Seeing Through the Muddle of Mixed Platform Communications

Communication in the industrial trades has devolved into an overly elaborate digital version of the game telephone. The lack of consolidation creates a logistical headache for supervisors and project managers as they navigate scores of apps and data types to get their job done.
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Communication in construction and the industrial trades has devolved into an overly elaborate digital version of the game telephone. According to the ninth annual Construction Technology Report from JBKnowledge, the typical industrial trade or construction worker uses an average of six communication platforms every day, and nine in total. Although that seems like a lot at first glance, we’re not talking about a simple math problem here. Most of these mediums do not talk to one another, meaning that the messages they ferry back and forth remain in little silos and require workers to spend time they can ill afford to waste checking for new updates from their colleagues that will inform their next tasks on the job site.  

The lack of consolidation creates a logistical headache for supervisors and project managers as well. Without open and read receipts and other accountability features, they are left wondering whether or not messages have been received and, more significantly, acted upon, or merely ignored or not seen at all. As such, they often need to follow up multiple times on single action items to try and ensure that their workers get the memo and do what’s necessary to keep the project in question moving forward. 

Missing Messages = Mistakes and Rework 

Let’s say that one construction worker is utilizing iMessage, email, and WhatsApp on his iPhone. The crewmate hammering nails into framing next to him is utilizing texts, Gmail, and Signal on his Android phone. Their boss, who is off-site, is relying on Outlook and several enterprise software programs to send and receive messages. This is just a microcosm example, but it’s easy to see how wires can very easily get crossed, even within small teams on modest projects. When a commercial company has thousands of workers in dozens of different specialties working on hundreds of job sites across the country – and maybe even around the world – the problems caused by mixed platform communications are merely multiplied and the associated hard and soft costs compounded.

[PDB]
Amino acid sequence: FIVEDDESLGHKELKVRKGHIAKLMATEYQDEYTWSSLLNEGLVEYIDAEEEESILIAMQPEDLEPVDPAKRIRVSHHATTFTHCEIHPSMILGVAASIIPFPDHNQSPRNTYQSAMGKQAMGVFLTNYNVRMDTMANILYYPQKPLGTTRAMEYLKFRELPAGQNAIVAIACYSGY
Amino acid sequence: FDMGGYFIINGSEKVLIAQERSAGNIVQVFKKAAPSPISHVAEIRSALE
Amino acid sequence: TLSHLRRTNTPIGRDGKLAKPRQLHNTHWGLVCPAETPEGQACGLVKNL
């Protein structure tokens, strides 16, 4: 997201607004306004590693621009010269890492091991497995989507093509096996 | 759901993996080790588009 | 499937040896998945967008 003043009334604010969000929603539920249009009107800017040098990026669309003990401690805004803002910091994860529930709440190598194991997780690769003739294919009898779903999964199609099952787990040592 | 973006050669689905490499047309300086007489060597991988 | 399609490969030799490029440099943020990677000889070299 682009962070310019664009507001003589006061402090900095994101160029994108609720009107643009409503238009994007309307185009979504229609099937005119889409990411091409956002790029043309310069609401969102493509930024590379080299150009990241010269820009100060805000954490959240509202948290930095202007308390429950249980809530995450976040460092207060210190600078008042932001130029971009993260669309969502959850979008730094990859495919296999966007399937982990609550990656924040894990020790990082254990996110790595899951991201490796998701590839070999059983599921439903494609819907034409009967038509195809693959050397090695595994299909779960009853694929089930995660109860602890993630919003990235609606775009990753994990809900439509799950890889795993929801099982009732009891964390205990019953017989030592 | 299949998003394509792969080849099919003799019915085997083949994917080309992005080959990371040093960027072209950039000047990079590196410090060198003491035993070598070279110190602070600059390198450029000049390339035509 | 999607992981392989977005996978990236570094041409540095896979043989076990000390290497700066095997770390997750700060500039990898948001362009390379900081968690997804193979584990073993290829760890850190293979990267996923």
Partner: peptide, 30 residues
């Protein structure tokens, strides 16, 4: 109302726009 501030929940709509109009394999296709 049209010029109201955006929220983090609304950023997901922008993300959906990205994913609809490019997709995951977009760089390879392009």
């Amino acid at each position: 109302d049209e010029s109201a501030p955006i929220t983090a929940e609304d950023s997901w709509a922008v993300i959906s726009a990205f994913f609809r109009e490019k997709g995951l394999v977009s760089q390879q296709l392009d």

When messages don’t hit the mark, mistakes are inevitable. As we’ve written about in previous posts, re-work is the time-consuming, hassle-causing result when tasks are performed wrong and outdated specs and scope are used because updates did not make it through to the intended recipients. This means that the tasks done have to be altered, augmented, or started from scratch. This doesn’t merely delay completion of a specific task but has a knock-on effect on other elements of the project, putting both timelines and budget constraints in jeopardy. 

The High Price of Mixed Platform Miscommunication

The cost of all this rework on a macro scale? $31 billion each year according to FMI’s 2020 Annual Report. If you add in time devoted to looking for project information that isn’t readily available, the total balloons to an astounding $177.5 billion, which doesn’t even include the additional expense of new materials or the four hours of admin task that the typical construction employee spends planning rework-related tasks. 

The solution to this muddled problem is to eliminate the reliance on a jumble of mixed platform communications. Consolidating them into a platform that offers a single pane of glass view would enable your company to communicate more efficiently and effectively, with a dramatic reduction in the number of messages that remain unread or ignored. 

The ability to target specific individuals and teams through tagging and tying specific threads to certain projects and sub-projects would enable you to get through to the people you need to keep informed, and also allow them to share pertinent and actionable information back the other way more readily and consistently. The result? Projects that flow seamlessly from stage to stage, workers who focus on productivity rather than administrative minutiae, and jobs that get done right the first time, every time. 

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